No One Is Perfect

No One is Perfect, Removing the Stumbling Block

This week I am over at Matan with a dvar torah on tazria/m'tzora. A d’var Torah (a word of Torah) is a talk or essay based on the parsha (the weekly Torah portion).

This is one of those torah portions that you hope you don’t draw for your bat mitzvah. Yes, of course I know that there is no “bad” parsha. But nonetheless, when we reach tazria/m’tzora as we do this Shabbat, we find a parsha that speaks about ritual uncleanliness, skin disease and other such maladies. Woo hoo!

Tazria/m’tzora outlines myriad details about the ways Israelites can become ritually impure and specifies the rituals that they must perform in order to be brought back into normative relationship with their community.

But this is where I get stuck. Because if we are to take from this parsha a message that resonates with us today, I find myself struggling with this notion of “impure”. Is any one of us truly “pure”? I find myself drawing parallels from this notion of purity to the concept of perfection, even when we know that no one is perfect...READ MORE

Each One of Us Counts

Disability is not the defining characteristic of a person; Removing the Stumbling Block

The time on the Jewish calendar between the holidays of Pesach (Passover) and Shavuot is reserved for counting the omer. This mitzvah (commandment) derives from the Torah commandment to count forty-nine days beginning from the day on which the Omer, a sacrifice containing a measure of barley, was offered in the Temple in Jerusalem, up until the day before an offering of wheat was brought to the Temple on Shavuot, the holiday that commemorates the receiving of the Torah at Mount Sinai.

We use this time for reflection on our journey through the wilderness as we move from freedom to revelation. As such, there are many wonderful commentaries and teachings on what it means to "count". Here are some of my thoughts: Prove that Every Child Counts.

In the coming weeks we will read the Torah portion Bemidbar, a census-taking of the Israelites in the wilderness. The Torah spends intentional time identifying exactly who was counted, listing them by names and by their families. This was a significant way of telling them: “You have names, you have families; you are dignified human beings, you are not EACH count!”

Too often people with disabilities are referred to by their classification, diagnosis, physical attributes or limitations. We hear people say, “the Autistic boy in my class” or “that girl in the wheelchair”. Even worse, we still hear words like crippled, retarded, handicapped or diseased. These words and statements are demeaning; undermining individuals for who they truly are.

It should be our goal to move away from the disability as the primary, defining characteristic of an individual, and rather recognize it as but one of several aspects of a whole person.

This sums it up nicely, I think: 

The importance of names in disability inclusion; Removing the Stumbling Block

As we relieve our journey through the wilderness, as we count the omer, let us remember God’s message to the Israelites, for it is still a message that we must embrace today:

 “You each count.”

The Wheelchair Advantage

The following is a story from last Passover that I have yet to share here. A version of this story originally ran on Kveller on April 17, 2014, but with the holiday once again upon us, I thought it timely to share now. In addition, as Josh currently recovers from neurosurgery, I reflect on how he consistently blows me away with his strength, determination and infectious laugh. Quite simply, as my son puts it, "Josh is a rock star."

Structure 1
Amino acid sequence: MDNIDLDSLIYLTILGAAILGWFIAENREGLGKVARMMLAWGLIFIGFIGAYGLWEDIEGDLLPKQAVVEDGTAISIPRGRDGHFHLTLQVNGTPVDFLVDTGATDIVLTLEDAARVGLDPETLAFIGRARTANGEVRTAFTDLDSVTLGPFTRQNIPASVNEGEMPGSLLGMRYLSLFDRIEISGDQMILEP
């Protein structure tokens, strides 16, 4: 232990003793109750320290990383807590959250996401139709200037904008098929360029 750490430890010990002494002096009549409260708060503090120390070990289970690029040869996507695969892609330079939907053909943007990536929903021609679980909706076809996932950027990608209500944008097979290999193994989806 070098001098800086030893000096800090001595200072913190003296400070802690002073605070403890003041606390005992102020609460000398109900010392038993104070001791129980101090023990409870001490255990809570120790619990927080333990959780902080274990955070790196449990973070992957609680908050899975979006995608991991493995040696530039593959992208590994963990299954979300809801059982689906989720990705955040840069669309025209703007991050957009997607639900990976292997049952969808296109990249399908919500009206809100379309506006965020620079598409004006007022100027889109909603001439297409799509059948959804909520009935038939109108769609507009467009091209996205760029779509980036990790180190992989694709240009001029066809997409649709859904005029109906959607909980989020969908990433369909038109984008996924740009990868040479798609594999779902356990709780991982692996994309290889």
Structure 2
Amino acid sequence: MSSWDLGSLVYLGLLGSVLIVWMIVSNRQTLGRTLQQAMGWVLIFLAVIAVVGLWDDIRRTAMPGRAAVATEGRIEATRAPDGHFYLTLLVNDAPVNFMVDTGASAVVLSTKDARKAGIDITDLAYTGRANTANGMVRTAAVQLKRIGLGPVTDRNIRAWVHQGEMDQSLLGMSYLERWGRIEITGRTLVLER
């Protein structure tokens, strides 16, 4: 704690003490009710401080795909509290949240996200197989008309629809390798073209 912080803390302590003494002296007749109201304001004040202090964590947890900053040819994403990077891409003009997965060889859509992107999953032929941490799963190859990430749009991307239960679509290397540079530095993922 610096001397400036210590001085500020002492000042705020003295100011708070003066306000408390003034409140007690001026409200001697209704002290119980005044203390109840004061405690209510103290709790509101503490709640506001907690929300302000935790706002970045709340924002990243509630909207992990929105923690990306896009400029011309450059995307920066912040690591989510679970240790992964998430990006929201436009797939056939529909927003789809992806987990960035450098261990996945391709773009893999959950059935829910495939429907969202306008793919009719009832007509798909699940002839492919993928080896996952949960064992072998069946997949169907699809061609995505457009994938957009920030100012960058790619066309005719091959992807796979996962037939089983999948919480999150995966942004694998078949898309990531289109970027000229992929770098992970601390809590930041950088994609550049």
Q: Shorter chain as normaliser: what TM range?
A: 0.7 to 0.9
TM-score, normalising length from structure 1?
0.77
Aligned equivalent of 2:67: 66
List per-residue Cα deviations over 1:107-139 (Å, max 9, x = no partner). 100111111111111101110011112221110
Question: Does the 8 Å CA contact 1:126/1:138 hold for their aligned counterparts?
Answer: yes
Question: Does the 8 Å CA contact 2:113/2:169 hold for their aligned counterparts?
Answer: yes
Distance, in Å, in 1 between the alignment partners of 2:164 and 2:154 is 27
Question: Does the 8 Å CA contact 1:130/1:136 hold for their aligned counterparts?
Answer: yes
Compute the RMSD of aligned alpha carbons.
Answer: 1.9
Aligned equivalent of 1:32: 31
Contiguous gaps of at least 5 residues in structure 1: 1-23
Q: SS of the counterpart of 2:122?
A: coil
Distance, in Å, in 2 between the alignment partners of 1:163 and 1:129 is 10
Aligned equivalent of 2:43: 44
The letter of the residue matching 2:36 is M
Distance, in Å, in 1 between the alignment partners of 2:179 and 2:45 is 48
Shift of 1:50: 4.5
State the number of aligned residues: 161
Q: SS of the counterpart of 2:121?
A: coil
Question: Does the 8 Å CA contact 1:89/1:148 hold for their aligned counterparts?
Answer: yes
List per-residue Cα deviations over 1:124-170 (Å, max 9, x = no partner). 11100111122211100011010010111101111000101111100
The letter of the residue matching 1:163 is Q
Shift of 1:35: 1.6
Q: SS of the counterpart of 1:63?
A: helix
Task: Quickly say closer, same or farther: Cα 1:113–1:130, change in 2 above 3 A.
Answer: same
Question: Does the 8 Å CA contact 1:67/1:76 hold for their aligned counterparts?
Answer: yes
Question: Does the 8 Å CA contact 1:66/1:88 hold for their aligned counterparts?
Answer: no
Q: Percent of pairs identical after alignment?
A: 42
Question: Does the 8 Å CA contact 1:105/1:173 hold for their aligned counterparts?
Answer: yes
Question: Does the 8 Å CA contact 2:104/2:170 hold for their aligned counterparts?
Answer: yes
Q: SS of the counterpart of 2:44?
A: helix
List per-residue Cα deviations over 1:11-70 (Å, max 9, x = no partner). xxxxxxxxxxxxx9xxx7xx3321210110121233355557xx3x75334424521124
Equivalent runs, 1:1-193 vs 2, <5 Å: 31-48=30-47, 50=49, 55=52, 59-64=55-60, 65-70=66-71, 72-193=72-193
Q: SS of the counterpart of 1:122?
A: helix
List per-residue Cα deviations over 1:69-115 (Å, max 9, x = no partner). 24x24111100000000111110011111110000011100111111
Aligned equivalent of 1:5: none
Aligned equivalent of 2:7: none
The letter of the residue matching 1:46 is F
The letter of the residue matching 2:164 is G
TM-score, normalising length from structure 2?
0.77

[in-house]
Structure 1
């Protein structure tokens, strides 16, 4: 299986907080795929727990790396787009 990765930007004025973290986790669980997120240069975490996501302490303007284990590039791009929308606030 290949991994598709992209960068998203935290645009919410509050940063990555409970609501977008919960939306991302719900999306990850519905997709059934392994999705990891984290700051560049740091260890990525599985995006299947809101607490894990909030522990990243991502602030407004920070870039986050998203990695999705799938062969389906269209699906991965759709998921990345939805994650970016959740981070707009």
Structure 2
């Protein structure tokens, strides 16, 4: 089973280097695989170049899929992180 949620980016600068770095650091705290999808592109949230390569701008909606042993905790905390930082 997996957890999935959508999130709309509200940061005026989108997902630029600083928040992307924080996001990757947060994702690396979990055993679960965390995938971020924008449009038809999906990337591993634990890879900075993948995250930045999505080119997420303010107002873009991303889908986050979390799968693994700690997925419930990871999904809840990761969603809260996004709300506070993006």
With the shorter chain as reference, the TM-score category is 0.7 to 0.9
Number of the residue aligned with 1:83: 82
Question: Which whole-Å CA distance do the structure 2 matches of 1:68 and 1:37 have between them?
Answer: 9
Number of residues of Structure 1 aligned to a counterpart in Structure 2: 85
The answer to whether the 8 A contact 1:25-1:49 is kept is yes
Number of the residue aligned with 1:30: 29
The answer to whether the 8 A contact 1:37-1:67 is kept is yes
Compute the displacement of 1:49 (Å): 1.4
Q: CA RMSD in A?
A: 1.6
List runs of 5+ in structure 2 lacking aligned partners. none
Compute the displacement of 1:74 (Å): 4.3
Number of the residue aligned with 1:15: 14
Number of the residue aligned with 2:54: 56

Too quick to see disadvantage; Removing the Stumbling Block

At our first night’s seder, my 11-year-old daughter declared her desire to find the afikomen. You see, she informed me, this would be her only chance.

Puzzled, I asked why. After all, we were heading to a friend’s home for the second night, and there would most certainly be an afikomen hunt there, as well.

(Back story: The friends we celebrate Passover with have one son, Josh, who has Cerebral Palsy. I have written about him and my children’s relationship with him before. Our families have been celebrating second seder together for the past few years.)
So I asked my daughter why she believed she would have only one chance to find the afikomen.

“Because,” she said, “Josh always finds it.”

Hmm… “Really?”

“Yes. He always finds it. Because he has an advantage. He has wheels.”

And just like that I was clearly reminded of the importance and power of teaching our children to be accepting of disabilities.

Here’s what my daughter didn’t say:
“It’s not fair; Josh always wins because he’s in a wheelchair.”
“Josh will win; he always wins because his dad pushes him.”
“Josh wins because he gets help.”

Nope. Josh wins because he has the advantage of wheels.

We must teach all of our children to see the world through this lens. We live in a society that is far too quick to see disadvantage. If we are not deliberate, we will miss out on discovering the unique qualities that each of us possesses. Josh, in his wheelchair, with Cerebral Palsy and complicated medical issues, has an advantage.

Yes, yes he does.

Accommodation is NOT Inclusion

Too often we convince ourselves that making structural changes to meet an individual's needs is all it takes to become an inclusive community. Physical, academic and other accommodations are necessary to ensure that people with disabilities have full access and can succeed, to be sure, but such changes are not sufficient in and of themselves to deem a community inclusive.

Join me for a conversation called "Accommodation is NOT Inclusion" at Temple Shalom in Aberdeen, New Jersey on Monday, March 30. The program is free of charge and open to the community.

Lisa Friedman at Temple Shalom, Aberdeen; Removing the Stumbling Block

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